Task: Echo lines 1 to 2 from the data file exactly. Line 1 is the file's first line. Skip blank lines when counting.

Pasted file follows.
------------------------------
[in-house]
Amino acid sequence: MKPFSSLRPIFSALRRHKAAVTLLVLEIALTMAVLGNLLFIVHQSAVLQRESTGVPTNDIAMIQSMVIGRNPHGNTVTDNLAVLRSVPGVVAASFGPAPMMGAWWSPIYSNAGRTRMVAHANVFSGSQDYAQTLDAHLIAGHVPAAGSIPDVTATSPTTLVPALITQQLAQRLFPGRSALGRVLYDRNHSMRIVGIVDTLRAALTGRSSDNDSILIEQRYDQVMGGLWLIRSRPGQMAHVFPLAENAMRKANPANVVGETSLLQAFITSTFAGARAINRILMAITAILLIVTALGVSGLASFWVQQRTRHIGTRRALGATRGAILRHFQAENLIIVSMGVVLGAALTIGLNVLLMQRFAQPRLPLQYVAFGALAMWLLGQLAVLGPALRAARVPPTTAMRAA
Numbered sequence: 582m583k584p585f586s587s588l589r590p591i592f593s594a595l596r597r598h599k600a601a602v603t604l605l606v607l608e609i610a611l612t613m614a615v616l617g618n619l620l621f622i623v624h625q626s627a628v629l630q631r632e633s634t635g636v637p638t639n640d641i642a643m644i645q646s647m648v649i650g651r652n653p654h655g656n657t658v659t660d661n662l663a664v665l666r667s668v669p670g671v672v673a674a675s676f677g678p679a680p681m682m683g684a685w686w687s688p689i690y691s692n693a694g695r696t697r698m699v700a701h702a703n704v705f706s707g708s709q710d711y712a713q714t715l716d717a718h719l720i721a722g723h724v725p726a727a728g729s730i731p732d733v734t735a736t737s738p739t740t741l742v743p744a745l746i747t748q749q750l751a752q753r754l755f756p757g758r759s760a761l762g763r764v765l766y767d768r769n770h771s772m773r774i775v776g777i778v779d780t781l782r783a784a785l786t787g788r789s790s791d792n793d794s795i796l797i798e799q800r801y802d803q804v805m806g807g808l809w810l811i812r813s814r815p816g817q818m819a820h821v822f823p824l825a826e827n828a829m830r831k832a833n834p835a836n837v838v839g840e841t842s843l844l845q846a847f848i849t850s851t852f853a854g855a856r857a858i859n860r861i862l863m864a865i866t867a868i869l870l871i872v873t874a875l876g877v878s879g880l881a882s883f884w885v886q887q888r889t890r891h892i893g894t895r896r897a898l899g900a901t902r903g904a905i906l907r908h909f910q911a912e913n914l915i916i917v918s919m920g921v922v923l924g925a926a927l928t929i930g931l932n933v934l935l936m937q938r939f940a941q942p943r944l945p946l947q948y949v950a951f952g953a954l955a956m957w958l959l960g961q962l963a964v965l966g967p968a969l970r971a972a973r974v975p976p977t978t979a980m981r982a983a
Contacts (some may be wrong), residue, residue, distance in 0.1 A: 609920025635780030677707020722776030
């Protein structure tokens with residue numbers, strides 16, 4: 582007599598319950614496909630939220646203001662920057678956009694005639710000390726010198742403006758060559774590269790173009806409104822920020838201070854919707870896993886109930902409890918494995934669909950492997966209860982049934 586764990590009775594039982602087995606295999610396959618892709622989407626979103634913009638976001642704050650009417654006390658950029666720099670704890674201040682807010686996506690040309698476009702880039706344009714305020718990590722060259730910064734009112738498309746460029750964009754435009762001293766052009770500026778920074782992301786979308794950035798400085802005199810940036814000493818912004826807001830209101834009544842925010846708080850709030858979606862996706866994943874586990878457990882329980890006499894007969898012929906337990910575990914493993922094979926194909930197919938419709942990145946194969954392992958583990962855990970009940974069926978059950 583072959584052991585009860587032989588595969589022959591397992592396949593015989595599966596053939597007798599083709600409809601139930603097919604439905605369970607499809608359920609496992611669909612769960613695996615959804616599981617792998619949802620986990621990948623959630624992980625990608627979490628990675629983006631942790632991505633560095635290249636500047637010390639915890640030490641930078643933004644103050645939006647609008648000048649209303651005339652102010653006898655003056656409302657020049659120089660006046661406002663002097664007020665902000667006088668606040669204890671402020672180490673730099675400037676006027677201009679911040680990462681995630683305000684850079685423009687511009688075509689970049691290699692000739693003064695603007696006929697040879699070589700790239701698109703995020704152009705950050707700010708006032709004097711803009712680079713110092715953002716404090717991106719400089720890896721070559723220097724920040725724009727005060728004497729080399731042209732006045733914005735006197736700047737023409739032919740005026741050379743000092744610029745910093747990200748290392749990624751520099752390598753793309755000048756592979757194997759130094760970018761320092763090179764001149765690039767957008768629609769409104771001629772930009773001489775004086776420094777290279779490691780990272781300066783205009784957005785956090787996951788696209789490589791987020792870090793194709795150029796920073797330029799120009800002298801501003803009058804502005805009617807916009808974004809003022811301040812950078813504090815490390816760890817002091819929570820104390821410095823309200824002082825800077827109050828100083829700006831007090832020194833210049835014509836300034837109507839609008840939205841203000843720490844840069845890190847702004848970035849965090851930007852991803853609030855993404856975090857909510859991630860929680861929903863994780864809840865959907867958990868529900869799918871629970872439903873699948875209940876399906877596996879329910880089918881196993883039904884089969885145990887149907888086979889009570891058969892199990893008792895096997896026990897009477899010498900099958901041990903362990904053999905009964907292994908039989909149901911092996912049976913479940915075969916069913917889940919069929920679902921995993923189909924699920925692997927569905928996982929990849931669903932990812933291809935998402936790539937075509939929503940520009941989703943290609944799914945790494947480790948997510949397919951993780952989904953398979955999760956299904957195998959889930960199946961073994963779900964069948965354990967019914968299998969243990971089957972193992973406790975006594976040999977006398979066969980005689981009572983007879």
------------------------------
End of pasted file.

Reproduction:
[in-house]
Amino acid sequence: MKPFSSLRPIFSALRRHKAAVTLLVLEIALTMAVLGNLLFIVHQSAVLQRESTGVPTNDIAMIQSMVIGRNPHGNTVTDNLAVLRSVPGVVAASFGPAPMMGAWWSPIYSNAGRTRMVAHANVFSGSQDYAQTLDAHLIAGHVPAAGSIPDVTATSPTTLVPALITQQLAQRLFPGRSALGRVLYDRNHSMRIVGIVDTLRAALTGRSSDNDSILIEQRYDQVMGGLWLIRSRPGQMAHVFPLAENAMRKANPANVVGETSLLQAFITSTFAGARAINRILMAITAILLIVTALGVSGLASFWVQQRTRHIGTRRALGATRGAILRHFQAENLIIVSMGVVLGAALTIGLNVLLMQRFAQPRLPLQYVAFGALAMWLLGQLAVLGPALRAARVPPTTAMRAA